Everything I never wanted to know about breasts I learned from Facebook
You know I can't pass up a good breastfeeding discrimination story, right? With the "boobs on a plane" and "boobs on the cover" scandals not yet distant memories, and World Breastfeeding Week just last month, of course it's only fitting that now the ultimate model of appropriate social comportment, Facebook (stop laughing), decides to let us all know that breastfeeding is obscene.
Phew. And I thought they were just a networking site! I had no idea they were run by the morality brigade! I mean, if all the pornography there is any indication. Which apparently it isn't.
Let's start at the beginning. Where does any such story start? Why, with someone deciding that a breastfeeding baby is offensive, of course. And no one wants those offensive pictures shoved in their face. You know, shoved in your face on a site you have to join... where the pictures are tucked into a folder labeled "breastfeeding." Right in your face, like that.
You can follow one woman's timeline over at One small step for breastfeeding..., where the actual correspondence between lactivist and Facebook member Karen Strong and various Facebook staff can be read in its entirety. On August 27th, Karen's account was permanently deleted with the following "explanation," if you can call this sort of dogmatic non-information that:
Thanks for understanding,
Customer Support Representative
In the meantime, the Facebook group Hey, Facebook, breastfeeding is not obscene! is nearing 8,000 members at last count. Apparently Facebook didn't get the memo. But they sure are getting talked about.
When's the last time you read a post about breastfeeding over at TechCrunch? Hmmm, how about yesterday? At least writer Duncan Riley related the story with a bit of good humor:
Facebook spokeswoman Meredith Chin said Facebook does not prevent lactivists from uploading photos of themselves breastfeeding, but went on to say "Photos containing an exposed breast do violate our Terms and are removed". Now I might be male so I have no recent first hand experience but I'm confused as to how breast feeding cannot include breasts?
I didn't expect to find much male commentary on this one, but in actuality I discovered there was no shortage of men just as outraged as their female counterparts. John Allsop manages to politely suggest that Facebook may have really stepped in it this time:
I suspect if Facebook don't resolve this one a lot better than they appear to have attempted to do so far, it will cost them billions.
Next to tech geeky types, and perhaps no less so, women with young children, not least of them those who breastfeed, are the most connected, online types I know. This woman is a member of a group of 6000 or more members, which is far from small, but not a group to get offside, would be my advice.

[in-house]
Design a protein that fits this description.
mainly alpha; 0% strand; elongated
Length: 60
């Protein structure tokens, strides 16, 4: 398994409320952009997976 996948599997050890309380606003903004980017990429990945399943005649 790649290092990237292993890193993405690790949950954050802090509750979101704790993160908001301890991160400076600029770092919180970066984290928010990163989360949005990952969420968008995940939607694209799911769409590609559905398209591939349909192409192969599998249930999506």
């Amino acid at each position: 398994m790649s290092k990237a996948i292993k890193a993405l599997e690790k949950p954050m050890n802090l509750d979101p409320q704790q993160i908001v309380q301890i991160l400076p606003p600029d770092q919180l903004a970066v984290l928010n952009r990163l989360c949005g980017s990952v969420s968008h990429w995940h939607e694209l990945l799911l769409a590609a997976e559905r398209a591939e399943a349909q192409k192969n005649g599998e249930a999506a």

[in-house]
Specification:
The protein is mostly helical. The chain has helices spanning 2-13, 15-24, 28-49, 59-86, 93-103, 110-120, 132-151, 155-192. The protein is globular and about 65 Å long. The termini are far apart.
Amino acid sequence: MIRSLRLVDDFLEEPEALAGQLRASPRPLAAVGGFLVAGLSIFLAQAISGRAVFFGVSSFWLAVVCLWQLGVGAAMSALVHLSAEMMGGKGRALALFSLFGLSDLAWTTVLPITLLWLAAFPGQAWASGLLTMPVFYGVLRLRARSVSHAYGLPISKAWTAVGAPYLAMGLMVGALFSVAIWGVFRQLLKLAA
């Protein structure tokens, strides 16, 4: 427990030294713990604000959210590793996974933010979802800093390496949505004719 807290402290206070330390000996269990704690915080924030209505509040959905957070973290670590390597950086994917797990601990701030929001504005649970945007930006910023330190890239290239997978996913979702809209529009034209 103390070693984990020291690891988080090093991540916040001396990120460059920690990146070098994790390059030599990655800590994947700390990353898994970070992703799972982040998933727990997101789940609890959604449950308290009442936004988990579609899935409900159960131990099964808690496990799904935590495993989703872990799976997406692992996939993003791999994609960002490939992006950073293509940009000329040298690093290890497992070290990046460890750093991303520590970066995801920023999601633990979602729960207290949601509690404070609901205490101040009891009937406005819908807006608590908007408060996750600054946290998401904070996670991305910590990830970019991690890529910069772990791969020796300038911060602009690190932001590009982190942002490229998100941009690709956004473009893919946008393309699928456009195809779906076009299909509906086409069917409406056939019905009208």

I don't think we'll have heard the last of this.
(Do click through to Allsop's post and read the comments, as they are chock-full of interesting commentary on both sides of the issue.)
Mike Bogle is putting his actions where his opinion is: He's gone ahead and deleted his Facebook account in this face of what he calls "inherently flawed logic:"
[...] even in Western Society the appropriateness of exposed breasts will depend on the context in which they appear. The same pair of boobs would be called art in a gallery, but smut in a seedy porn shop if the manner in which they were portrayed were different.
For normal people it's all down to motives. Apparently not for Facebook.
I have no desire to be a part of an application whose basis for their Terms and Conditions is so incredibly flawed and discriminatory; who are so unwilling to reconsider their own shortsightedness; and one might say so fascist in the iron-fisted nature of their administrative and user management processes.
Shakesville's Melissa McEwan gets straight to the crux of the matter:
Naturally, the only pictures of breastfeeding allowed are ones taken from an angle in which the baby's head obscures the actual breast from which it's feeding. Or a baby blanket has been carefully arranged to cover the breast right up to baby's lips.
The reason I know this, in spite of also having no recent first-hand experience with breastfeeding, is because I am an American woman, and thusly I have been trained since birth to know all the ways in which I am meant to be ashamed of my body and how best to cover its sinful shame. Comes with the territory.
Congratulations, Facebook. The only way you could've driven your point home to Karen Strong any more completely would've been to finish up with "Now get back in the kitchen and make me some pie." And don't you worry -- we all heard you loud and clear. The lactivists, the rest of the women, and all the men who, you know, live in this century. Nice work.